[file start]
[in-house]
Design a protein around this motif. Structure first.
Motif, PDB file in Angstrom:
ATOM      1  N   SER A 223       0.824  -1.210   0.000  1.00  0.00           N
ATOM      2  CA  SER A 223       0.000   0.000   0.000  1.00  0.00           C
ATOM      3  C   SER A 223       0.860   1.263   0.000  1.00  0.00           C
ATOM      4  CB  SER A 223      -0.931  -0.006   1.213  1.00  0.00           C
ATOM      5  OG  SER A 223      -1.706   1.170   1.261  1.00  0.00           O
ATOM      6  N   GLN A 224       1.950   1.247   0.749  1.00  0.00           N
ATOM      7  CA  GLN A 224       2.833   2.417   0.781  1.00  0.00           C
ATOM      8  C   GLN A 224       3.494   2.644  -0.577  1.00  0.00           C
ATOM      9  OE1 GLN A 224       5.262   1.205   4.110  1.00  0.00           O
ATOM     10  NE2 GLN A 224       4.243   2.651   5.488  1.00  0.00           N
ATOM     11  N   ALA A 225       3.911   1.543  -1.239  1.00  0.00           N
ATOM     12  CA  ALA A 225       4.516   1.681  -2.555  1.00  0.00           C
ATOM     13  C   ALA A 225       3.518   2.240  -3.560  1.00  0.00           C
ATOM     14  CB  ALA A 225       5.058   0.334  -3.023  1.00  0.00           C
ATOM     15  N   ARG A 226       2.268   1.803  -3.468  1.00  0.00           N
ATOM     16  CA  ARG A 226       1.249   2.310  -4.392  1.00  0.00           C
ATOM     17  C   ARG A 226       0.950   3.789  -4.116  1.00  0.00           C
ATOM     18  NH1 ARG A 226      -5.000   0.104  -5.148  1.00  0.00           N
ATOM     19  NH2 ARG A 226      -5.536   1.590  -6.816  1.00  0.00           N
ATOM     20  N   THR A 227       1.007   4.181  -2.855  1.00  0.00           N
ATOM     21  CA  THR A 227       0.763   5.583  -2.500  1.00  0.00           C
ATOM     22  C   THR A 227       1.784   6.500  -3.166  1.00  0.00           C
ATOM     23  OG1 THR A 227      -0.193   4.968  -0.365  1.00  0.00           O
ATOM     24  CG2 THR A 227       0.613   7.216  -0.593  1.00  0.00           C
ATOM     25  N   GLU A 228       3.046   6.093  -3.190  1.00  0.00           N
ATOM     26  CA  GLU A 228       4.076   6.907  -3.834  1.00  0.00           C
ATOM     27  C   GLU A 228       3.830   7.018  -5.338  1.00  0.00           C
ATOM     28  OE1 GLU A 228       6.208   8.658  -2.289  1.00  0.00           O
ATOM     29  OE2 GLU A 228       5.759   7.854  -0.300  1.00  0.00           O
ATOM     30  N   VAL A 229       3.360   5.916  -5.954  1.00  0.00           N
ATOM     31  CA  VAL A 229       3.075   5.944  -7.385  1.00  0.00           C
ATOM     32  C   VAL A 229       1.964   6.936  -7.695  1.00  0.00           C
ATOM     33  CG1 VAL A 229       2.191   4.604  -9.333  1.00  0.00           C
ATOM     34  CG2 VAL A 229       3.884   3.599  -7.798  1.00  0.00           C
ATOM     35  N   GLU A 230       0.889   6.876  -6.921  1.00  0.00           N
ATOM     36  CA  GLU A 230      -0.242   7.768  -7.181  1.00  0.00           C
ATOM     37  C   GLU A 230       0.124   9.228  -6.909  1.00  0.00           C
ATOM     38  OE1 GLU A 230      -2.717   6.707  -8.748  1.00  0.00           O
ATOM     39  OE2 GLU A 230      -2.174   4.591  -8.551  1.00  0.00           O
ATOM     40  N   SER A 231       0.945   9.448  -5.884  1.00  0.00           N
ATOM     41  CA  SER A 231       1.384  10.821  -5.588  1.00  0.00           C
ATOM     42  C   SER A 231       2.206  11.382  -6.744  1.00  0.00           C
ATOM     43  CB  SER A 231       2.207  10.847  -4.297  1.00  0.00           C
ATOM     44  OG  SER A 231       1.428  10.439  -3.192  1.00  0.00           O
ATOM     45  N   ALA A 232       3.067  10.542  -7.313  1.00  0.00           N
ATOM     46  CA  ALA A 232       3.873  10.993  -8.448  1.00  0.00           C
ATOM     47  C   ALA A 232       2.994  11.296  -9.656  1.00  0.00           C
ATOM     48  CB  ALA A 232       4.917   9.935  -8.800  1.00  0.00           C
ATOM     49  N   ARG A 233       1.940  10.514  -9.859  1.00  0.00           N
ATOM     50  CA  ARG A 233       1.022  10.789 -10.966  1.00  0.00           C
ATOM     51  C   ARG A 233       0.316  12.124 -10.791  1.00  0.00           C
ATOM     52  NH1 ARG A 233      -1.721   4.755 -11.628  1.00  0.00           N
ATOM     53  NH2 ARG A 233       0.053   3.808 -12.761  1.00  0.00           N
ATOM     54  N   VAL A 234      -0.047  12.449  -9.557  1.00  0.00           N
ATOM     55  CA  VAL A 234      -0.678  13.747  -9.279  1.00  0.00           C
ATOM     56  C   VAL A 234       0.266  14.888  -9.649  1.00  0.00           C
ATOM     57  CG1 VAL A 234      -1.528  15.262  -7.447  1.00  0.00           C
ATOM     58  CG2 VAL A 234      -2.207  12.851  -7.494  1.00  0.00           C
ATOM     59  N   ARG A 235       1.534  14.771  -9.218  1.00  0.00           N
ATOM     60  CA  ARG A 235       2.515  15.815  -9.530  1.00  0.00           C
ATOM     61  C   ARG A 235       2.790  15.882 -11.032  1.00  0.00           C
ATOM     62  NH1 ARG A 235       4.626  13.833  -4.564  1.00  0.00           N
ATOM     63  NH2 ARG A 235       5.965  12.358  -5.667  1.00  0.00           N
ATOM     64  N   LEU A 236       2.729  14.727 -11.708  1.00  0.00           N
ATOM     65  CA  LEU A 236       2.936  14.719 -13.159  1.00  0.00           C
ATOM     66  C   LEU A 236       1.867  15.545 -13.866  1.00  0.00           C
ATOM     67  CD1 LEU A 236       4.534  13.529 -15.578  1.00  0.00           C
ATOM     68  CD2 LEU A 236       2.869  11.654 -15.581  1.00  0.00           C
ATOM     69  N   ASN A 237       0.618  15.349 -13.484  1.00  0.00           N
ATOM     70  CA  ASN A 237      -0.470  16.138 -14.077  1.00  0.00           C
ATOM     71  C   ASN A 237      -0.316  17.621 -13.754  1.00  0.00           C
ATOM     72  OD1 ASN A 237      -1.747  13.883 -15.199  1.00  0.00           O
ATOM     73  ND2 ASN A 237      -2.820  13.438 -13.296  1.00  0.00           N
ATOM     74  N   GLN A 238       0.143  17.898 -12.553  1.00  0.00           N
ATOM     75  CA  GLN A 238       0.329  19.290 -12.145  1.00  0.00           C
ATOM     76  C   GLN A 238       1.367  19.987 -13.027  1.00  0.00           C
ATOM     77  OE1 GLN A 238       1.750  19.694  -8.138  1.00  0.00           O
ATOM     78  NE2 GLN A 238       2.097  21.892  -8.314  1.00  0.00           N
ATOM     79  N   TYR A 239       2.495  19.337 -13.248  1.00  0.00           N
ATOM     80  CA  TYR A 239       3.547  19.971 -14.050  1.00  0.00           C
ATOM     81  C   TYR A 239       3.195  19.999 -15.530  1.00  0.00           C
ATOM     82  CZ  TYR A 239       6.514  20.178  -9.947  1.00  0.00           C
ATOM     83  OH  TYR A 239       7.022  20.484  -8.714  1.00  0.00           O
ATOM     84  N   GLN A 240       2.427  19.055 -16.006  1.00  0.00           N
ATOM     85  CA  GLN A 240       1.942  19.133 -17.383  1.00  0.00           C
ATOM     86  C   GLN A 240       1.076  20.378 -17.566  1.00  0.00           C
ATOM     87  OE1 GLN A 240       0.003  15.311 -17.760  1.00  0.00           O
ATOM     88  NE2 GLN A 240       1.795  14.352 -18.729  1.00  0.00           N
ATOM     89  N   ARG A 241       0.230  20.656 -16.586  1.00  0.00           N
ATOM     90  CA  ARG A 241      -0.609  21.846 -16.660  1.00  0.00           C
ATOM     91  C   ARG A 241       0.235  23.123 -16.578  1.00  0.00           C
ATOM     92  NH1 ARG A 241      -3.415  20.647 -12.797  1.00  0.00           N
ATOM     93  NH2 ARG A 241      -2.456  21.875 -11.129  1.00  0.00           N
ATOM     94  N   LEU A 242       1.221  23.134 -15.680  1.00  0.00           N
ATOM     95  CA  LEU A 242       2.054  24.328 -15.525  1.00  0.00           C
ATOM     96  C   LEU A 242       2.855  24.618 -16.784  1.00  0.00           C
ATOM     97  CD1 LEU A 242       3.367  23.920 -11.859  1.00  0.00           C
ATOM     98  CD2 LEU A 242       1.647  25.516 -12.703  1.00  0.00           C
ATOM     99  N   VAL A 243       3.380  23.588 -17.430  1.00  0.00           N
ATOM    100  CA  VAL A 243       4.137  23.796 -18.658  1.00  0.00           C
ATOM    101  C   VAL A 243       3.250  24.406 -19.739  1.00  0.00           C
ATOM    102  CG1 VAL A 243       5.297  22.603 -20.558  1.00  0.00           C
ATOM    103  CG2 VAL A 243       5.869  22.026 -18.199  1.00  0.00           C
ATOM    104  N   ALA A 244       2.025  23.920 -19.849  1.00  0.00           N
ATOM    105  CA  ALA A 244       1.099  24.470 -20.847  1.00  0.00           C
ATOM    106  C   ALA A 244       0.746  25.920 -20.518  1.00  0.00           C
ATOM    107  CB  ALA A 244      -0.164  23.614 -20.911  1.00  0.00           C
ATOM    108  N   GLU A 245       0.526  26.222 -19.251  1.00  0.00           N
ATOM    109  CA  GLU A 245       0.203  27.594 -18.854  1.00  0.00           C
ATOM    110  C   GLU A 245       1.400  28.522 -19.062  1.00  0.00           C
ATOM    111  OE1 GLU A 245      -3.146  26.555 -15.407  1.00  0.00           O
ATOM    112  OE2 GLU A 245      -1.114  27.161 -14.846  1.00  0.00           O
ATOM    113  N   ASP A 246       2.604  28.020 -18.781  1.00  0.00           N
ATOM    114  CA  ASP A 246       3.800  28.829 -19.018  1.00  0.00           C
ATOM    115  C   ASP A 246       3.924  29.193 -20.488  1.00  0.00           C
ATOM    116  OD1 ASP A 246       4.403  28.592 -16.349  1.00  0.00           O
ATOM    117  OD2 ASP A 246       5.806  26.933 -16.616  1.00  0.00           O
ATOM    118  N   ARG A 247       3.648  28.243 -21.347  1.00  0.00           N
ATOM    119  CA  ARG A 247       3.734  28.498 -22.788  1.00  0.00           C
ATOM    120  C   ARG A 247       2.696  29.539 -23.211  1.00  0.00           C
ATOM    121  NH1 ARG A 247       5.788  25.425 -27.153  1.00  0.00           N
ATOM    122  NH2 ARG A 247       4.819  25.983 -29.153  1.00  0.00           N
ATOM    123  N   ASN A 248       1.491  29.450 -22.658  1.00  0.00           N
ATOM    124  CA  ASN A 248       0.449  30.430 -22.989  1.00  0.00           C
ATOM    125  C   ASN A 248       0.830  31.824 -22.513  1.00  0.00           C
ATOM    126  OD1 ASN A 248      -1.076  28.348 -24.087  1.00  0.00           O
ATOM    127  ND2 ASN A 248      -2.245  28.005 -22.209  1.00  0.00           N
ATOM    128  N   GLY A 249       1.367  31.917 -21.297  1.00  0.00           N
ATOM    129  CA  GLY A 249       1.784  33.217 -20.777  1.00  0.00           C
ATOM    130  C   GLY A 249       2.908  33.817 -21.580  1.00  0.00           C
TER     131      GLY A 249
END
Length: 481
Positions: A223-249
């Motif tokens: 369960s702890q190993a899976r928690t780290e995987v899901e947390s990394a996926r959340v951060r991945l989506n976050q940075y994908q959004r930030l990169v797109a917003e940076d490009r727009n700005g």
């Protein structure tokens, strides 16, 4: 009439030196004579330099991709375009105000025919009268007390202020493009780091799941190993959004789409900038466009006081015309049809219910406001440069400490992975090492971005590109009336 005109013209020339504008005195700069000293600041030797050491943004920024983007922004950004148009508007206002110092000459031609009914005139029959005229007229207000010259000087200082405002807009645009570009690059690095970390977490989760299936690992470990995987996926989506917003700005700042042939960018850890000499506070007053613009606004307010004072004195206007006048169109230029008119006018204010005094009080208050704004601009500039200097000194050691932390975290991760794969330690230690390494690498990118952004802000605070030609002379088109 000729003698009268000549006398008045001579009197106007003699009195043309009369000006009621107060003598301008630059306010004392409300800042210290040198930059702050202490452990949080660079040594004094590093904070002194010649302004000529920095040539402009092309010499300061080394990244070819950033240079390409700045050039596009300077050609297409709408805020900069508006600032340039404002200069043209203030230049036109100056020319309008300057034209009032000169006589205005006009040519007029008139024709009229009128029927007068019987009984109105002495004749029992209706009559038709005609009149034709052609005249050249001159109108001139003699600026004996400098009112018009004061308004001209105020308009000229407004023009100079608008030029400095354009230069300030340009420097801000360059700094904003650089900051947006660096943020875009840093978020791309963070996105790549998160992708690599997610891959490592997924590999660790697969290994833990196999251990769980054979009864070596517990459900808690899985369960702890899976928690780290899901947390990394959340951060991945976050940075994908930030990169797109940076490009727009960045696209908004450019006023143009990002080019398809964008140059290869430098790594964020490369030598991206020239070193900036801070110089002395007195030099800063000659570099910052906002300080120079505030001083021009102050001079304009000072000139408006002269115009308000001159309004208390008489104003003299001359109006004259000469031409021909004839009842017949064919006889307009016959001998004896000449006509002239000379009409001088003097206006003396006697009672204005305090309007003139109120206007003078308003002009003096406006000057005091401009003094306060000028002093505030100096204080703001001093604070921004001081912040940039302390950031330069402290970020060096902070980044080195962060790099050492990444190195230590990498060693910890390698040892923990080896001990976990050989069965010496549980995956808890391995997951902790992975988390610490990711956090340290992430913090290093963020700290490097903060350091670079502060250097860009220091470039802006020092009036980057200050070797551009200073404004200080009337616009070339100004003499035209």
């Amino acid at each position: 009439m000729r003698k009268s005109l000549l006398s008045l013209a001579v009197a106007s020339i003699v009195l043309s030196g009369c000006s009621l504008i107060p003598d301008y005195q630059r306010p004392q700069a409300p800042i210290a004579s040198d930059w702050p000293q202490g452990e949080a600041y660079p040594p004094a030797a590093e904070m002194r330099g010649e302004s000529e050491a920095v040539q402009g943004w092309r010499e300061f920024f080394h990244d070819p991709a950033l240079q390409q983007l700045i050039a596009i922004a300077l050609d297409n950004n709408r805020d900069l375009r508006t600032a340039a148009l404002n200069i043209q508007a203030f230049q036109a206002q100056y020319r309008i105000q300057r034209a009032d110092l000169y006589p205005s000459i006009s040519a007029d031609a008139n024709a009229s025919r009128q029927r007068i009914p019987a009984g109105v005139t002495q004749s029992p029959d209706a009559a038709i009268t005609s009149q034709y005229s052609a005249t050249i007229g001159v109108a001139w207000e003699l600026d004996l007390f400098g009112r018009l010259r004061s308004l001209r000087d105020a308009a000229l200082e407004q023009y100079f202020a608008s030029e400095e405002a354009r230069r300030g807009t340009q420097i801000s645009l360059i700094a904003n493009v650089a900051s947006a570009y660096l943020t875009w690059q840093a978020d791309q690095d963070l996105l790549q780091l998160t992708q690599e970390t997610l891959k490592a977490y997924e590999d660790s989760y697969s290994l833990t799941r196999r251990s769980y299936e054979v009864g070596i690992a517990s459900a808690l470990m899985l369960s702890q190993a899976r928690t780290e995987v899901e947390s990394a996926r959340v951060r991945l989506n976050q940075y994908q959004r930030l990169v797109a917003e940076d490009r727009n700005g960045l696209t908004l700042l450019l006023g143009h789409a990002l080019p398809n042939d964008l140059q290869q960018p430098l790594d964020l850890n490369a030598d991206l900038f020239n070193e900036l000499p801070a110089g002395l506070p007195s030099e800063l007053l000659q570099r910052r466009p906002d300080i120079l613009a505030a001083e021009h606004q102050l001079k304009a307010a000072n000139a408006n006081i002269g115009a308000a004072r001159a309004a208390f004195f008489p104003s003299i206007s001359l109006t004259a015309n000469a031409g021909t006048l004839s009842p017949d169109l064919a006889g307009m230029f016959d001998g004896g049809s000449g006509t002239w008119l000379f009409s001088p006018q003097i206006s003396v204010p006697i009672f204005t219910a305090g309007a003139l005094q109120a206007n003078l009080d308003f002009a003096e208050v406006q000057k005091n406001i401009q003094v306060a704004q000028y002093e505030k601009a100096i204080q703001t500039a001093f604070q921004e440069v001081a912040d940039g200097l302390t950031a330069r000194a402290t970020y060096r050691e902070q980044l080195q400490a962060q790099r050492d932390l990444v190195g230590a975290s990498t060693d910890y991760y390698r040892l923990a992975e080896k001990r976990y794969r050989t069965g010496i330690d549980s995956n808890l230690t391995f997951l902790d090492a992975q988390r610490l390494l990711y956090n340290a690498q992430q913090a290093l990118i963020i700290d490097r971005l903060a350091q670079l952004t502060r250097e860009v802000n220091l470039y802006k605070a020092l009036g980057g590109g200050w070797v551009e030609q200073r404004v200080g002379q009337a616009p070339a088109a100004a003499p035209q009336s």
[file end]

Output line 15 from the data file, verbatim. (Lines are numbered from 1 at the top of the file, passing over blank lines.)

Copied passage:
ATOM     12  CA  ALA A 225       4.516   1.681  -2.555  1.00  0.00           C